At his console he hesitated between dialing for a thalamic suppressant (which would abolish his mood of rage) or a thalamic stimulant (which would make him irked enough to win the argument).
“If you dial,” Iran said, eyes open and watching, “for greater venom, then I’ll dial the same.”
It was a long day at work. You’ve eaten a meal and it now warms you from within. It should now be time to recover, relax, enjoy the time at home. But thoughts about the day persist. Maybe a tiff with a coworker or your lover is still occupying your mind.
It’s itching. It’s complicated. It can’t be solved. It makes you feel a bit deflated, powerless and ineffectual. It’s not allowing you to wind down.
So the glowing rectangle of the illimitable smartphone draws your attention.
You follow your now compulsive pattern that borders on ritual. To Twitter. To Instagram. To Facebook. To YouTube. To Spotify. To Pornhub. To texting, and beyond. And maybe back again.
It’s too easy to be reminded of a device in Do Androids Dream of Electric Sheep when describing this kind of habit pattern:
“‘Keep your hand off my settings.’ Her voice held bitter sharpness. ‘I don’t want to be awake.’“
The device she’s speaking of is one that’s all-too relevant to us in our Era of the Smartphone. The device allows for the easy alteration of one’s emotions. It’s called the mood organ, a self-controlled module that the user can navigate to enter specific mood states, allowing the user to experience a range from mild amusement to “six-hour self-accusatory depression” and everything in between. It’s used immediately upon awakening. The analogy here is clear.
Pick your poison. Or let an algorithm pick it for you. You recall some utterly idiotic post you stumbled upon about a celebrity this-and-that saying a politically charged nonsense statement, the fool.
The glare of self-righteous gluttony takes control, and you seek out the post again. Then some others that are similar. And inevitably a commenter makes a mockery of all sanity and respectability, so you lurk through their profile for a few minutes, feeling all gluttonous and right. And this is how your mood organ has been adjusted to one of your favorite settings: moral superiority.
And we’ve become like frogs in slowly heating water, subtly becoming blind to the incredible sway these devices have on our emotions.
Be it jealously cruising through an ex’s new lover’s page, doomscrolling for a little hit of amusement, cruising through pornography for a period of habitual self-abuse, blasting exultant music in spite of feeling a bit dour, listening to sorrowful tunes in pursuit of a comforting cocoon of sadness, or purposive distraction with silly videos of kittens and the like. We’re good at finding our favorite ways to feel differently than the circumstances in our lives incline us to feel.
These technologies are having real impacts on people’s lives. Fewer young adults are having sex or getting driver’s licenses than in previous generations, which makes sense given the digital surrogates for these activities. If driving is seen as a means to the end of amusement, the shortcut to that same amusement is through a screen in the form of social media, video games, or pornography.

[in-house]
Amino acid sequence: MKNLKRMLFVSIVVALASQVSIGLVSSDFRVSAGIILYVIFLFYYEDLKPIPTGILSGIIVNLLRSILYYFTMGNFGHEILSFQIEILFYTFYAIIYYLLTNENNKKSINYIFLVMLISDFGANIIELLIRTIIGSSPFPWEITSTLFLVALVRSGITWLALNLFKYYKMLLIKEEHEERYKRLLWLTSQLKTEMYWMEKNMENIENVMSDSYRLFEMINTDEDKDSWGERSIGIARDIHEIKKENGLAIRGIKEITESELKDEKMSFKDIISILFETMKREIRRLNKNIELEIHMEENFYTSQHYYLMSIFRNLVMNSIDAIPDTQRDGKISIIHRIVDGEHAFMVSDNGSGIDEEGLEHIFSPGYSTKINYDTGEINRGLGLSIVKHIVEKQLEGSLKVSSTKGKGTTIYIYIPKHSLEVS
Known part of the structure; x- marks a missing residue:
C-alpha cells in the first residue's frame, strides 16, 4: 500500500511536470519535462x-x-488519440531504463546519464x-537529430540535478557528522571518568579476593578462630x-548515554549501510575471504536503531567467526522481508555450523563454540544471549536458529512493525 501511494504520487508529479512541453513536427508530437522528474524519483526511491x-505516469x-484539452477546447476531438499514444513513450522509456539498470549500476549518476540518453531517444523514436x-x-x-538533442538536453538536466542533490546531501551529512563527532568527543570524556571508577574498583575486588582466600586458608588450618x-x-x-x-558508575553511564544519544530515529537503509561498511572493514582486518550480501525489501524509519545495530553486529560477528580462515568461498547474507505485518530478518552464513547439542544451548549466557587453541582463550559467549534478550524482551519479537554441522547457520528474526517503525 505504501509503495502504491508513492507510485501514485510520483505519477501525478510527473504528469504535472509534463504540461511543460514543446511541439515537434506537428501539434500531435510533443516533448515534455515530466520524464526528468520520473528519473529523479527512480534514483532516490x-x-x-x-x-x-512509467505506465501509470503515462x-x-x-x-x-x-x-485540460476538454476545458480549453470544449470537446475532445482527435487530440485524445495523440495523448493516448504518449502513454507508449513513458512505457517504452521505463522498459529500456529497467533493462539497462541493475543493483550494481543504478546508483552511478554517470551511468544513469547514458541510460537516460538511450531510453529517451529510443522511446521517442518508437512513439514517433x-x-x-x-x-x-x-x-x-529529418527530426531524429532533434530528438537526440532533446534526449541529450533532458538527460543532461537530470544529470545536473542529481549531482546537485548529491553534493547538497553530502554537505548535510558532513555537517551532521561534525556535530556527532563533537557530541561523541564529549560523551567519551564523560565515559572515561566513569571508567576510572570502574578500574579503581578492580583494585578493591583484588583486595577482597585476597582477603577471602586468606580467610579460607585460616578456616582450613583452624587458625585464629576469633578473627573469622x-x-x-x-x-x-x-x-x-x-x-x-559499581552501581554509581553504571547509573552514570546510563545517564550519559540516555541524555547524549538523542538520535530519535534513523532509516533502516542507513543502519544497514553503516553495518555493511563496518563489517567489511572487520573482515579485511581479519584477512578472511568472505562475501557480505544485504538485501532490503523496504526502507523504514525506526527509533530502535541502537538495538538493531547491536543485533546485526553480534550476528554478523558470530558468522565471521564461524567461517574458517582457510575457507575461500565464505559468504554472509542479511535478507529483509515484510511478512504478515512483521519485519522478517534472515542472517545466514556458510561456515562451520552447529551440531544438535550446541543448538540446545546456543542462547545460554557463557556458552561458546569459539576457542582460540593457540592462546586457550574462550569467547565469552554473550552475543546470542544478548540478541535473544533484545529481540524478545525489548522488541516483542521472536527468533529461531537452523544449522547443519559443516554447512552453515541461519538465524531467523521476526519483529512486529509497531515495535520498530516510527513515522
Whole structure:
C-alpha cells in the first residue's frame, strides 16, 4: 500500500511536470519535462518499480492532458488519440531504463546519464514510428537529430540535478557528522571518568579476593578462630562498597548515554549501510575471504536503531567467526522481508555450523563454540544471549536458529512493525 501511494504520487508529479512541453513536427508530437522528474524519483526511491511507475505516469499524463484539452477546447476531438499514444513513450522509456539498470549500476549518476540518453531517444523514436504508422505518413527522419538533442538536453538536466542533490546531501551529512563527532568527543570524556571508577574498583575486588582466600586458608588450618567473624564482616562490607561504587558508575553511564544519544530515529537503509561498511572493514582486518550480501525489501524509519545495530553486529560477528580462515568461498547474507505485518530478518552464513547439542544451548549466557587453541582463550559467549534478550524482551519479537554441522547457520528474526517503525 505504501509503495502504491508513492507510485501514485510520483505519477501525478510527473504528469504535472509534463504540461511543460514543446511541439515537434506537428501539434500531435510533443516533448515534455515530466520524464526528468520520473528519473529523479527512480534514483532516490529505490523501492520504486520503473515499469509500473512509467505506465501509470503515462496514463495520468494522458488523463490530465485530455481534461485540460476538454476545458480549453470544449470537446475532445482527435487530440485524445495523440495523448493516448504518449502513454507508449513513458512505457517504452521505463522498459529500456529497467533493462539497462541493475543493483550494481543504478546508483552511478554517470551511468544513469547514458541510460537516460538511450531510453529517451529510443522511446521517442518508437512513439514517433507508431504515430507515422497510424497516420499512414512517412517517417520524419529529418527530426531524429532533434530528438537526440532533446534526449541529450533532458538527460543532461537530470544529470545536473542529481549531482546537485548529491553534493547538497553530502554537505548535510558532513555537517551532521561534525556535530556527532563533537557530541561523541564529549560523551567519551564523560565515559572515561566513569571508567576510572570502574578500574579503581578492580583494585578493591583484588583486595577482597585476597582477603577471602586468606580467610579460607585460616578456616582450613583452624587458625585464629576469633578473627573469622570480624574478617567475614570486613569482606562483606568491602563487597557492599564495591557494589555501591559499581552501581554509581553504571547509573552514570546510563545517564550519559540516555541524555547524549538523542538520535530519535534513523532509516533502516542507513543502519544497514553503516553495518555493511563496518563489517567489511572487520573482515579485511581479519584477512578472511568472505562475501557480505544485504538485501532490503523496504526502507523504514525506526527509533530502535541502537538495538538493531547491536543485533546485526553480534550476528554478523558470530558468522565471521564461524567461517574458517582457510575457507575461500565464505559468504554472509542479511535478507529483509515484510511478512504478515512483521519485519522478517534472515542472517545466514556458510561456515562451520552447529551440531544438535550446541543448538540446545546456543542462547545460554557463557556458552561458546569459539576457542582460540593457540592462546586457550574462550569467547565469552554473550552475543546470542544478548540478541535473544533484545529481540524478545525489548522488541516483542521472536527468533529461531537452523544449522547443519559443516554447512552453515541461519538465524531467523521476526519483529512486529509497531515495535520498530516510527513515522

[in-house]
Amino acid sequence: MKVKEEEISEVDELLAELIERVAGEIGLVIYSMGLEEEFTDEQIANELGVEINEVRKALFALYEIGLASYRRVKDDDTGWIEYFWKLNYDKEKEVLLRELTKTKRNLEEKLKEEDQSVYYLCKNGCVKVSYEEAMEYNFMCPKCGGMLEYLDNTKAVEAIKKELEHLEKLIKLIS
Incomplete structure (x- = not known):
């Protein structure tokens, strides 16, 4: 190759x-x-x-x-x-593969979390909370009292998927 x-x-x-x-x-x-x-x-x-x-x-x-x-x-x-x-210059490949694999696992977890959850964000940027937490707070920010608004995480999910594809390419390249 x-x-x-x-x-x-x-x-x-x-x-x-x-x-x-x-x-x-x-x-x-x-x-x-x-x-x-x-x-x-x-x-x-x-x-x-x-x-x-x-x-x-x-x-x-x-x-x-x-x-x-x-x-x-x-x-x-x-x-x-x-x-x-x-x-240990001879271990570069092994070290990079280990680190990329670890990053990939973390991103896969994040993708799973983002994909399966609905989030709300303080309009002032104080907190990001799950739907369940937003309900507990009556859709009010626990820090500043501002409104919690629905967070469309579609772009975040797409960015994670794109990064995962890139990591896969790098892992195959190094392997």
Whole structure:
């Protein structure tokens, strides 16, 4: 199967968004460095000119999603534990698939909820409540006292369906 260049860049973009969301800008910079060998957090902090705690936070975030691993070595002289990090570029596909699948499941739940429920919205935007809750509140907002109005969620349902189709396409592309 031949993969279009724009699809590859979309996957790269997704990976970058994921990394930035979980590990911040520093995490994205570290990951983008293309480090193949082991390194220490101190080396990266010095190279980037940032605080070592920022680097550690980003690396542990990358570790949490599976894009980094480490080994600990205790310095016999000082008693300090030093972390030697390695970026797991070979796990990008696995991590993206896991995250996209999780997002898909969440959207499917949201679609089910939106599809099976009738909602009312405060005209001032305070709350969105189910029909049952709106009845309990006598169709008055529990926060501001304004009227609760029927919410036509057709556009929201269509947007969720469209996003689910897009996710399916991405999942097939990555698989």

The car isn’t merely a means to an end though. It’s as much a symbol of freedom as a way of attaining it. When I was growing up, the doors that car-ownership opened were mostly social: you had a car, you were able to get to parties and take a cute girl out on a date. But when you’re able to satisfy these drives through parasocial means, what good does that do? Getting a car is a lot of work compared to jumping on Discord and gaming with the boys or opening up your web browser and finding the ersatz comfort of watching strangers making “love.” The latter itself is a means of perpetuating a downward spiral.
The feeling of horniness (or more accurately, loneliness) that leads to the compulsive use of porn is temporarily resolved when porn is used. But it doesn’t even attempt to get to the root of it. For those who experience this, to refrain from allowing the lonely hollow to be filled with images and sounds of porno is to cause a moment of dissatisfaction. And if this forestalling is maintained, then the inclination is instead away from a fixation on some screen but the attainment of something real and lasting in the form of another person who can help you meet those emotional and sexual needs that find themselves squelched through onanistic, solipsistic spewings.
To fill each interstitial moment of “real” life with our smartphones is to maim the periods they surround. Attention to events outside of that mood-maintaining pursuit is never fully given. Time that would have – in all the eras before this Age of the Smartphone – been open to processing events in one’s life are now packed with extraneous stimuli that retard useful integration of important emotions. Instead of sitting with momentary boredom that may flower into the development of patience, or an insight into some problem that has been looming – one that might call us to fix our lot in life – we fill our time with stimuli that we can agree is picayune and purposeless much of the time. What comes from this is an emotional stunting seen in those who’ve dealt with drug addiction.
All said, we’re not so many steps off of wireheading. But why give it up when it’s all so amusing?